Mary Eberstadt of The Catholic Thing writes on a recent exhibition at the National Gallery of Art titled “The Sacred Made Real: Spanish Painting and Sculpture 1600-1700”. The article (and, it appears, the exhibition itself) has much to contribute to our understanding of the artistic vocation.
This collection of hyper-realistic paintings and sculptures has made quite an impression (the exhibition was described by critic Andrew Graham-Dixon as the “museological equivalent of the ‘dark night of the soul’”), regardless of one’s religious standing. Writes Eberstadt:
“‘They’re marvelous,’ as an abstract sculptor remarked to the Wall Street Journal reviewer: “Why are they so marvelous?” It’s a question that goes to the heart not only of the exhibition, but also to the creation of all great sacred art, period. And thereby hangs an interesting historical tale. What really accelerated the appearance of these Spanish Baroque masterpieces was the Council of Trent – which beginning in 1545, and working against the influences of Protestantism, specifically affirmed the Catholic need for realistic images that might, by their aesthetic power, draw the viewer into contemplation and emulation.
“In other words, while making clear that Catholic art was not to become what some Protestants accused it of – namely, idol worship – the Council nevertheless maintained as the Church traditionally had that such images were an asset to those seeking God, rather than an impediment. This, then, was the great historical fountain from which these astonishing works flowed: from the need to re-affirm, at a time following scandal and corruption, that the truth of the Church still remained the truth.
“Quite obviously, whatever effect these pieces may have had on the prayerful between then and now, the Council’s mandate ultimately worked at least one near-miracle. Four centuries later, it would capture throngs of Western people who say no penance, know no fasts beyond those designed to burn ketones, and who are generally more ignorant about their Christian heritage than any baptized Christians who came before, including the illiterate ones. Yet as the respectful and wondering public reception of “The Sacred Made Real” goes to show, this Catholic art nevertheless still speaks to them anyway, calling even the restless and relentlessly quotidian Western mind to the possibility of a transcendent realm.”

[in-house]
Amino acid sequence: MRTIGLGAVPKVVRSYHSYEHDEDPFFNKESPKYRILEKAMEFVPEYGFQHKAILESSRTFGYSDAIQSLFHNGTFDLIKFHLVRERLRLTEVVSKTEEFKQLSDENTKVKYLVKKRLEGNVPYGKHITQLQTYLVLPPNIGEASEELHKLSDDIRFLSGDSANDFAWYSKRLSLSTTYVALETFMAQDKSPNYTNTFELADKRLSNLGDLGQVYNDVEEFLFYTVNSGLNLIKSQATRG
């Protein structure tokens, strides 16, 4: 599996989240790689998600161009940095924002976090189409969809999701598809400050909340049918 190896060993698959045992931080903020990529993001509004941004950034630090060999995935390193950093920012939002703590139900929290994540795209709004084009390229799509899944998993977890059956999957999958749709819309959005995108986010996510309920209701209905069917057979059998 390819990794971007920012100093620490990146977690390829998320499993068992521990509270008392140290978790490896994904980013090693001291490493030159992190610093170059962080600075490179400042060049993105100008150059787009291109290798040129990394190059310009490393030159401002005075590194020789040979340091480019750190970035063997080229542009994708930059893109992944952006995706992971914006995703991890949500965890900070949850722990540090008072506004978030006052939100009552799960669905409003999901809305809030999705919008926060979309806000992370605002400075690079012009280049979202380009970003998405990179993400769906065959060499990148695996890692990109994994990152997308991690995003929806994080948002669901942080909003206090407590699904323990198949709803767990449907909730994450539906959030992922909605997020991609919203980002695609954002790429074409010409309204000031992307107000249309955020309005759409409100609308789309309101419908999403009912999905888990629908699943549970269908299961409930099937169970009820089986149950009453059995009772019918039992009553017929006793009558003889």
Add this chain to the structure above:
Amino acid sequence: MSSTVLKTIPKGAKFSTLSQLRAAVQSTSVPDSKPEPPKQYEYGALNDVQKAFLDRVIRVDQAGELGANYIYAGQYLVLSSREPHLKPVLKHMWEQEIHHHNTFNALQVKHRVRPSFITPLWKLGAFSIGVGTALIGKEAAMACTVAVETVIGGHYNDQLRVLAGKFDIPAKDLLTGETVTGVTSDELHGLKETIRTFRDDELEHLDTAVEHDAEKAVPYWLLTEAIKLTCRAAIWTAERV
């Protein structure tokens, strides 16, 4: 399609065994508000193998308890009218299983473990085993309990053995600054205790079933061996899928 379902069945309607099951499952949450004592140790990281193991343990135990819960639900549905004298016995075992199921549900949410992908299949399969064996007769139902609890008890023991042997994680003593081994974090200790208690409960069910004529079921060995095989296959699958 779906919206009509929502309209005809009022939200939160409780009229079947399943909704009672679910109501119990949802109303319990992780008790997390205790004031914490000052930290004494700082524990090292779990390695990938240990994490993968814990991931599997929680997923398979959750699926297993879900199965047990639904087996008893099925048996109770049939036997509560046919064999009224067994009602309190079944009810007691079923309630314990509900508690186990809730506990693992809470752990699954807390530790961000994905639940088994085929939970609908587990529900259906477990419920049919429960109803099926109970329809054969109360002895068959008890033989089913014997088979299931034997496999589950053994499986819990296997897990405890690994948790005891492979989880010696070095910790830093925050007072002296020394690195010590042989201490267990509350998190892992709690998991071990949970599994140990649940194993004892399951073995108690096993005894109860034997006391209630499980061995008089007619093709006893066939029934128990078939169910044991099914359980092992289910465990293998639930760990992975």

Eberstadt’s last point strikes me as particularly poignant. Laura Cumming of The Guardian writes: “It is not common for people to weep at a press view, nor to fall silent with awe, but both happened this week at the National Gallery.”
Beauty arrests. It demands attention, even among those numbed by the digital noise of today’s media schlock. This ought to be the work of artists, especially artists of faith: to materialize beauty. It is quite possibly as close as we can get, aside from childbearing, to the miracle of the First Artist, the Incarnation. And as such, it is not only a possibility for our human faculties, but perhaps a responsibility.
The world is starved for work like that in “The Sacred Made Real.” Who will make it today? Who will train, support, and patronize those who will make it?
There is another issue at play here, one best to discuss in another blog post, but it came to mind while watching the video below. The narrator mentions that much of the work in this exhibition has been overlooked by the art world because these pieces remain as objects of devotion in churches and are not in museums. There seems something fundamentally wrong with how we think about art if this is true.
The exhibition is now closed, and I’m sorry I’ve only just learned of it. It would have been worth the drive. But I suppose there’s always the book.